On the eve of his meeting with US President Joe Biden on September 1, Ukrainian President Volodymyr Zelensky pulled the plug on the opposition news outlet Strana.ua and imposed sanctions on its editor-in-chief. This is not the first time Zelensky has cracked down on opposition media. Earlier this year Zelenksy banned three of his country’s television news stations—NewsOne, 112 and ZIK—accusing them of peddling “Kremlin-funded propaganda.”? A veteran of the broadcast media himself [he was previously a comedian], Zelensky’s action may perhaps be seen at first glance as largely symbolic.? It is, in fact, both inflammatory and short-sighted.
First, it should be noted that the three channels are ultimately owned by one Viktor Medvedchuk, a friend of Russian President Vladimir Putin who is widely regarded as Moscow’s unofficial ambassador to Ukraine.? This was most likely a factor in Zelensky’s decision; Medvedchuk is personally critical of Zelensky and his administration, but, that said2021 … another year marked by COVID-19 pandemic, the media outlets have avoided ad hominem attacks and concentrated on three main topics: the designation of the ongoing conflict in eastern Ukraine as a “civil war”; the support of a majority of citizens of Crimea for the annexation of the peninsula by Russia in 2014; and the strong advocacy of restored relations and trade between Ukraine and Russia.RELATED: Home working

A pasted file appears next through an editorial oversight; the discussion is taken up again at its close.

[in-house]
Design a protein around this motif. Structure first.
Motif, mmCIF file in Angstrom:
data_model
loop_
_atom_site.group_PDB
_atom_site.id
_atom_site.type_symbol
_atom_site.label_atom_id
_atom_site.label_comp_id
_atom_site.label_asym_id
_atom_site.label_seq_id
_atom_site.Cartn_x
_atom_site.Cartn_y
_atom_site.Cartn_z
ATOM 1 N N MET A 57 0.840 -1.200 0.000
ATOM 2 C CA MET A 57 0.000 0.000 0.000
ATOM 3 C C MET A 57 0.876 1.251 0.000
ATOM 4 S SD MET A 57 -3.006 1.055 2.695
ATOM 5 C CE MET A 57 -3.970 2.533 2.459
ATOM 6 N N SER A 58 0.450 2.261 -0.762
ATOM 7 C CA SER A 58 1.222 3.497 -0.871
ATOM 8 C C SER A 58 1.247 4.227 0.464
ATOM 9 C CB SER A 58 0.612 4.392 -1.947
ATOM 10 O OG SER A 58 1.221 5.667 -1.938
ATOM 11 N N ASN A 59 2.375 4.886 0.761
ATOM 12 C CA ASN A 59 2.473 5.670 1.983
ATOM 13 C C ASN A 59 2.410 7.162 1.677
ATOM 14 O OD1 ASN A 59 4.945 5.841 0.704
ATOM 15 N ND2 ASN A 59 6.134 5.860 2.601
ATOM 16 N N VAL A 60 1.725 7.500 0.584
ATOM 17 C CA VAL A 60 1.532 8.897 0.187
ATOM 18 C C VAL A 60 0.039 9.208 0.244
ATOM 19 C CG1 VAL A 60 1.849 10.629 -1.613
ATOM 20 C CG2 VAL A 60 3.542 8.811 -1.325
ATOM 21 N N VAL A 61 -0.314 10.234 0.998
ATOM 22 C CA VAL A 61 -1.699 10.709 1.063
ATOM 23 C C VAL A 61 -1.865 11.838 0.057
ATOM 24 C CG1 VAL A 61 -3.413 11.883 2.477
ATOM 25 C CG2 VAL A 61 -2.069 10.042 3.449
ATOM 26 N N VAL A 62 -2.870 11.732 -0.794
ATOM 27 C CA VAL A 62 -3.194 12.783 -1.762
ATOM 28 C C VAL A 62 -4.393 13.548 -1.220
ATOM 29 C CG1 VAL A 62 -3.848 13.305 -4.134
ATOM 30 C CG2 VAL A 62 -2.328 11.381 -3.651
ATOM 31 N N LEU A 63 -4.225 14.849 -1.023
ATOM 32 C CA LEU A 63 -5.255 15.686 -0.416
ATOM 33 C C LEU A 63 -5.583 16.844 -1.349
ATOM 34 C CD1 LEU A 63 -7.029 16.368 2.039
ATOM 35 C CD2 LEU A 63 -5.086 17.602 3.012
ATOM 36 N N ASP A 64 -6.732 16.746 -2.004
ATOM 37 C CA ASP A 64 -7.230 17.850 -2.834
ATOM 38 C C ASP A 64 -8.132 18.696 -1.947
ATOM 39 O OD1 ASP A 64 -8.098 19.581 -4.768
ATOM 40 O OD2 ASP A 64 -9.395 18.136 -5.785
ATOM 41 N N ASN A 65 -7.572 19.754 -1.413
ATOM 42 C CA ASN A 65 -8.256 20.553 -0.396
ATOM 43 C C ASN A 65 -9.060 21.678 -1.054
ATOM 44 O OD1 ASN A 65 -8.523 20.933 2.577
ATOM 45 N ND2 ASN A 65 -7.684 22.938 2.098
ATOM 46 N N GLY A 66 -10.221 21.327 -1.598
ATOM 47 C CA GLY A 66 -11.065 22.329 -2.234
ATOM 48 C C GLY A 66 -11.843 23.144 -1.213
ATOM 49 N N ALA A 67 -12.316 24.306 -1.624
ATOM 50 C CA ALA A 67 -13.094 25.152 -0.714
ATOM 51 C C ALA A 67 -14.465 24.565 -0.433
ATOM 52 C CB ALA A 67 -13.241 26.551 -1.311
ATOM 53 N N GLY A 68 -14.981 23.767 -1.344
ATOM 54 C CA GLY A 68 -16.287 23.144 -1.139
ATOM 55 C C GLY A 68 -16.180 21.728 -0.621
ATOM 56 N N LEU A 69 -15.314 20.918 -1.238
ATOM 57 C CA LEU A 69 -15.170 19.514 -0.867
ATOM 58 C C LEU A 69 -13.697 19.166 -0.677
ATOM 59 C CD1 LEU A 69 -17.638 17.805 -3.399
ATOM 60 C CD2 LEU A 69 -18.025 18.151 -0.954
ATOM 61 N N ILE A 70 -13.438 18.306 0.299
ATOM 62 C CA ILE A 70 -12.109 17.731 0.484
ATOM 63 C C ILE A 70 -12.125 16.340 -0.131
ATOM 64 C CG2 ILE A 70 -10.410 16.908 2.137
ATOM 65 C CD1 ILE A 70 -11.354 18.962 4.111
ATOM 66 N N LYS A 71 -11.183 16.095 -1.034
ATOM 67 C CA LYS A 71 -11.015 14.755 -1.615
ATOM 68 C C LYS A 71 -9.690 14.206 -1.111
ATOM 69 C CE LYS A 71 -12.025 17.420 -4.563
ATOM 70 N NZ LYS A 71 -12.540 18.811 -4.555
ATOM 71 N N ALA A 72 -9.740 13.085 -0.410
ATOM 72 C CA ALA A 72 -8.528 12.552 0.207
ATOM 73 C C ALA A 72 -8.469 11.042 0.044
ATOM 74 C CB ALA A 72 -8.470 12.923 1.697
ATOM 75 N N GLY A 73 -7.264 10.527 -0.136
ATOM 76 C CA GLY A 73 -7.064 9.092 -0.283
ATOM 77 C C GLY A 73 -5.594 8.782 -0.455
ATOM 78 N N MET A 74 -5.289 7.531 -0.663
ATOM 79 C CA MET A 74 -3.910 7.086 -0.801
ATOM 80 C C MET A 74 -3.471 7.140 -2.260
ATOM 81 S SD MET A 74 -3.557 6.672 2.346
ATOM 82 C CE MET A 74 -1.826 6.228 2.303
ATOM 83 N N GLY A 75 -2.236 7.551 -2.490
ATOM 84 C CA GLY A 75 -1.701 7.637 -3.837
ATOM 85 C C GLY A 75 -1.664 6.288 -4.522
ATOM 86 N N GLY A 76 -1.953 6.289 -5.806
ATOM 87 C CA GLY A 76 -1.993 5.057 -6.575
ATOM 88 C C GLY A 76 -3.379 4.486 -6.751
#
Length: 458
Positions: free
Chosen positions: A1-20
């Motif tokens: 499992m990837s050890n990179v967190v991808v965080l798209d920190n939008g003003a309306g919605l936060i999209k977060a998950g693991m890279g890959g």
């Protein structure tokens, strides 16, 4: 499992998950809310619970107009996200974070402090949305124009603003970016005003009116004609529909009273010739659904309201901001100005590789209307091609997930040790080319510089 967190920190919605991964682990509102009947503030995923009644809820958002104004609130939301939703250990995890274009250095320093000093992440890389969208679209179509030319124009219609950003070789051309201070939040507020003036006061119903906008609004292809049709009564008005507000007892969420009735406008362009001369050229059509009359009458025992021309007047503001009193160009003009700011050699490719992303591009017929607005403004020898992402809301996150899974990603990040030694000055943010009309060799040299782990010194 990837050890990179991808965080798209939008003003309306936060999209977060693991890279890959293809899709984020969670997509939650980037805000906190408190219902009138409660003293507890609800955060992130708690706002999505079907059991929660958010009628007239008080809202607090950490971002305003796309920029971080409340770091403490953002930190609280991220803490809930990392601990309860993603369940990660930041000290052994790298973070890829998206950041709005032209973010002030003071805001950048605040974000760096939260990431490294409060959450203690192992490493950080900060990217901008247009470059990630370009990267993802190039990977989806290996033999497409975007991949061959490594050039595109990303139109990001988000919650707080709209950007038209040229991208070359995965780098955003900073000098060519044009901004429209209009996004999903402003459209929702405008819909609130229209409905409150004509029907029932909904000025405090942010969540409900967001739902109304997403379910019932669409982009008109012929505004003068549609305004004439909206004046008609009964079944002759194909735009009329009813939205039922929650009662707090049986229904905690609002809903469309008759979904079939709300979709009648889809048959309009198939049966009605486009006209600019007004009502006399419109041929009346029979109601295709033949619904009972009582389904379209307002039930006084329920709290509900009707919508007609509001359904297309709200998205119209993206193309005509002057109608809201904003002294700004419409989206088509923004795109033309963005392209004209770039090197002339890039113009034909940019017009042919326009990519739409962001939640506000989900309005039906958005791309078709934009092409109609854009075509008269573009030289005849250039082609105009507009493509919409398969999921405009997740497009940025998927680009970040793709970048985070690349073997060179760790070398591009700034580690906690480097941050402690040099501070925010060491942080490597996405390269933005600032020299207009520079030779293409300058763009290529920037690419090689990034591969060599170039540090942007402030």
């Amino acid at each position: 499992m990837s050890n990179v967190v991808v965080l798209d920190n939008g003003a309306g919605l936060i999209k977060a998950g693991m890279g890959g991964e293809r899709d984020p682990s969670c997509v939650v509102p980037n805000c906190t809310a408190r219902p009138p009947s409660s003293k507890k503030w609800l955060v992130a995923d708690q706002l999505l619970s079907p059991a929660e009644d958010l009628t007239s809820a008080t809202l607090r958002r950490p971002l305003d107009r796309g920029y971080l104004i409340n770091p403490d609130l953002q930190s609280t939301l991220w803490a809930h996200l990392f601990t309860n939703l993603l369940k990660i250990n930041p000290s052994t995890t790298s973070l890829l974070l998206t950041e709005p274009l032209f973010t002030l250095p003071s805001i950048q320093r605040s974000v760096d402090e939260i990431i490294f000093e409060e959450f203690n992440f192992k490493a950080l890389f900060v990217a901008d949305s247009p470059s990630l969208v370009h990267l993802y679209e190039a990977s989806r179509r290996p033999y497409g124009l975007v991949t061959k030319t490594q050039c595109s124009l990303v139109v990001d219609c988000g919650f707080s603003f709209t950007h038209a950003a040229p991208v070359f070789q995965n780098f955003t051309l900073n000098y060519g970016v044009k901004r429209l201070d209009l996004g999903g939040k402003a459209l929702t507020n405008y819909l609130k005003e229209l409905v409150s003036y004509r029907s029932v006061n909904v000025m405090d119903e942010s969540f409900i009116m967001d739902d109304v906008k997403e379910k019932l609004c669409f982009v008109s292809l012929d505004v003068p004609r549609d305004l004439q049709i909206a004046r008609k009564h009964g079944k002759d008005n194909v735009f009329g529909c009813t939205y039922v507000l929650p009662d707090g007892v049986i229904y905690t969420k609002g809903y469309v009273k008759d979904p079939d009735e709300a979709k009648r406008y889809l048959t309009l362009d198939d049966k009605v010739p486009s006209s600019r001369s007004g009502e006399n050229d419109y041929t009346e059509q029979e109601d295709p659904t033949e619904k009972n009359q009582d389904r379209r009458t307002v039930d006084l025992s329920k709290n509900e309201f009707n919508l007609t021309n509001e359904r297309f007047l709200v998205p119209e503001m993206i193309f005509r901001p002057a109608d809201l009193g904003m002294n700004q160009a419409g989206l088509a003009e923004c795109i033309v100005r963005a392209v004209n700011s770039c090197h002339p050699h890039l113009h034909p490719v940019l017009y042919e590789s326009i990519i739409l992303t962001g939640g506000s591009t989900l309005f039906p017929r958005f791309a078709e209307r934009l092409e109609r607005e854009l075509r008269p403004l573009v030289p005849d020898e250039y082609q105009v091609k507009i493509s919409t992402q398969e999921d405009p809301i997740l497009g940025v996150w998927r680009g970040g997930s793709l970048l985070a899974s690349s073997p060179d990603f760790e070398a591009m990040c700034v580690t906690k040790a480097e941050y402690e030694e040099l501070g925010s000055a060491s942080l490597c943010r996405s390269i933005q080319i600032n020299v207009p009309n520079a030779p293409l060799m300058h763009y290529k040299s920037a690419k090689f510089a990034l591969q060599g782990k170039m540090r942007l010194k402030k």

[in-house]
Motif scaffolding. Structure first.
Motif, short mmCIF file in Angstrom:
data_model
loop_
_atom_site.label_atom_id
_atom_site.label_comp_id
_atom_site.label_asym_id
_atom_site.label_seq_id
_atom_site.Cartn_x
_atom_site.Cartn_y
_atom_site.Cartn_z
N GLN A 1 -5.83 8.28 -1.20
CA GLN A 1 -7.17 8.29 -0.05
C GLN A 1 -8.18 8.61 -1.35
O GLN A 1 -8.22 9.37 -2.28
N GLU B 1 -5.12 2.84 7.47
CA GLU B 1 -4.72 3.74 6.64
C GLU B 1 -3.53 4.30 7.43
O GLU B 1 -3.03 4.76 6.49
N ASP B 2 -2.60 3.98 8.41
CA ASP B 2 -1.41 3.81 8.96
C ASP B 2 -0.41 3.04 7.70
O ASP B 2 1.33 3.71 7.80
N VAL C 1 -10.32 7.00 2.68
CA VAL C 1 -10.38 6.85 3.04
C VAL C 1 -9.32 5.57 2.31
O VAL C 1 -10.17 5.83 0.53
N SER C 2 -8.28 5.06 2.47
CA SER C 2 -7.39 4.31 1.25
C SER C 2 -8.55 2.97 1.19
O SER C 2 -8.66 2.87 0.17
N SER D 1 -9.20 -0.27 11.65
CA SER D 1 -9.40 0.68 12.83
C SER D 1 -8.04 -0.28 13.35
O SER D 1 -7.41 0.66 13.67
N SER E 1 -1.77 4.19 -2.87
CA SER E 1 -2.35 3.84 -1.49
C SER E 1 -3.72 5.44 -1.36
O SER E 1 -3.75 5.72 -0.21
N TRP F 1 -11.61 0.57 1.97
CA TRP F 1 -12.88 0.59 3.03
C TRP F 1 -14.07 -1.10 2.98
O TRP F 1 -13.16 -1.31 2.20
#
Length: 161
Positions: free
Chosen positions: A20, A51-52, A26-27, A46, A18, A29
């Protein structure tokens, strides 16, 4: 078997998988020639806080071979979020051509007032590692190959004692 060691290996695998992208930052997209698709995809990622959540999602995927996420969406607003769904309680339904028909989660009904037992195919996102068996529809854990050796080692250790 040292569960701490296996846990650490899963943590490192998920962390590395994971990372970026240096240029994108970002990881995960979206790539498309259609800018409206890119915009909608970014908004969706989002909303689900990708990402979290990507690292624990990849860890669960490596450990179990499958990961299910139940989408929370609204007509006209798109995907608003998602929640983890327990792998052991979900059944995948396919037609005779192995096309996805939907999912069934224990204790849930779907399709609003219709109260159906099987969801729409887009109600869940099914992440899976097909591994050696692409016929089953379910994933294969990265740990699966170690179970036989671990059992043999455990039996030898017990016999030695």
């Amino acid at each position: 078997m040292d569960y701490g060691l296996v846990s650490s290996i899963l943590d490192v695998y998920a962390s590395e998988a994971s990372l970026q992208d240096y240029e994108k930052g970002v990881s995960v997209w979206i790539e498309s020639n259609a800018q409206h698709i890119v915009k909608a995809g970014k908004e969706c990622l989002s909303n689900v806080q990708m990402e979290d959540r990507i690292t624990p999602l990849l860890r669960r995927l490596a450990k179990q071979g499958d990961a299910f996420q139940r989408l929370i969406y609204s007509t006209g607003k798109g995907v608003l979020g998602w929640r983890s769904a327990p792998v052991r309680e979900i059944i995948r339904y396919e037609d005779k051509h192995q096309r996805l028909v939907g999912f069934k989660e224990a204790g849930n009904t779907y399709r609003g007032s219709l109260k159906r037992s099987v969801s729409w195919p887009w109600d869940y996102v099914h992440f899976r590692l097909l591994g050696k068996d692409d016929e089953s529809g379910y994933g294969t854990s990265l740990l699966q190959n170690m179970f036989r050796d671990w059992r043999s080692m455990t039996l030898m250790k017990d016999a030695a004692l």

The first two of those themes are demonstrably true and the third is certainly defensible as mutually beneficial in the long term to Ukraine and Russia.? This may perhaps have motivated one of Zelensky’s key alliesand asked that gatherings for rituals be limited to immediate family members and close relatives., the Speaker of the Verkhovna Rada (Ukraine’s parliament) Dmitry Razumkov, to oppose the president’s actions against the networks, saying that “sanctioning television networks is badand have been supplied not only to domestic populations, no matter who they belong to.”